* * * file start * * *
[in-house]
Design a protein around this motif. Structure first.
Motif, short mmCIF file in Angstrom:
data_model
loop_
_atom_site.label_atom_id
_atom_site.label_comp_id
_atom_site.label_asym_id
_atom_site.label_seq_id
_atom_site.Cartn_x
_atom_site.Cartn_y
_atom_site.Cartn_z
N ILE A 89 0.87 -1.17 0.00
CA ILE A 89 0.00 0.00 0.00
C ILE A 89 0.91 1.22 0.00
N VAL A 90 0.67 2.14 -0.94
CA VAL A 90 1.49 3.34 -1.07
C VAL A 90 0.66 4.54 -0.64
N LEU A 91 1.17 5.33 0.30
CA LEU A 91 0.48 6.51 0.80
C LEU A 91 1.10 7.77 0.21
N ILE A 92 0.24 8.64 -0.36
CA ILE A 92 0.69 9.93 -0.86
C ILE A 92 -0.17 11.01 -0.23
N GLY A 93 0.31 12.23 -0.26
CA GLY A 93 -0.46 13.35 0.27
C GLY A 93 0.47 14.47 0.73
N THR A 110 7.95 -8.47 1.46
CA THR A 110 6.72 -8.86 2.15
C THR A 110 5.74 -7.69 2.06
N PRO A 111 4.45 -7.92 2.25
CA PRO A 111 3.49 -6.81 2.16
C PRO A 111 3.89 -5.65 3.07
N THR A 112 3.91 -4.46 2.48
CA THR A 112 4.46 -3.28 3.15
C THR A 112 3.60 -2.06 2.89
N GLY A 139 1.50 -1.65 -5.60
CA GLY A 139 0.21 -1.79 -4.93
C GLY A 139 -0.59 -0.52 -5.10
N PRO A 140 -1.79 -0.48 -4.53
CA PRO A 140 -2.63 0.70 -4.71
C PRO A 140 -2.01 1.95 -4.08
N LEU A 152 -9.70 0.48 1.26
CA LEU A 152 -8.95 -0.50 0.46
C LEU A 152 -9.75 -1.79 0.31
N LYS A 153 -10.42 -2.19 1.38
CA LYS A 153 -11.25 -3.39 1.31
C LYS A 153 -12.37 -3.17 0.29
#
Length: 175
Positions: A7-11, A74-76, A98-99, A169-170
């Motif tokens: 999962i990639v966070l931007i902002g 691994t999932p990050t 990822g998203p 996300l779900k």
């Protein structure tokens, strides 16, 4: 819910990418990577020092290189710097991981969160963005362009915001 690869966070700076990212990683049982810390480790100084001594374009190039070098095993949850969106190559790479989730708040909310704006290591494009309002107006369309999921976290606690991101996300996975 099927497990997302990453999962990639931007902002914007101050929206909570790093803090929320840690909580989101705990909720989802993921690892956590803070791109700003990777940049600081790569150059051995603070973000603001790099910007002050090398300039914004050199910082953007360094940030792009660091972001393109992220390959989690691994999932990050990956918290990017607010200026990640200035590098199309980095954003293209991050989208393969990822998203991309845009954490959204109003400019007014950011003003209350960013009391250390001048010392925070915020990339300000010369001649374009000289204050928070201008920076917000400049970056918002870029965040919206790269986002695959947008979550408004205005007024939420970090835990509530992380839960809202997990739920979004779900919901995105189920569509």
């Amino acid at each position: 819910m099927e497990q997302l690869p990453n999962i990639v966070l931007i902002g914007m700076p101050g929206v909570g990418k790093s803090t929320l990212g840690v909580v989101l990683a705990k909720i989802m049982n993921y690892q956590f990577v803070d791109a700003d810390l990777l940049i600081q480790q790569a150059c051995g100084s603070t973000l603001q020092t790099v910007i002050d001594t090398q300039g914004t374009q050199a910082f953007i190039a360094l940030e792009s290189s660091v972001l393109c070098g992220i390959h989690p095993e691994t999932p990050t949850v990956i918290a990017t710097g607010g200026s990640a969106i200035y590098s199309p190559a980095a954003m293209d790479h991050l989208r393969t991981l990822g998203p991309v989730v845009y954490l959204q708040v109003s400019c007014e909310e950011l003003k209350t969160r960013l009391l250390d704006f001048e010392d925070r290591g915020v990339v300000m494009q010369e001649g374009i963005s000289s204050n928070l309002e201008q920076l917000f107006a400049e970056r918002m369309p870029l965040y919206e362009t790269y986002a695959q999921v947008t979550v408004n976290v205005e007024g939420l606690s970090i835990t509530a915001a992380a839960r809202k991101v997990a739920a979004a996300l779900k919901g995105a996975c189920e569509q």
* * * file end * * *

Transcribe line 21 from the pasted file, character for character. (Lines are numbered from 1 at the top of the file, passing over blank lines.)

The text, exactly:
C LEU A 91 1.10 7.77 0.21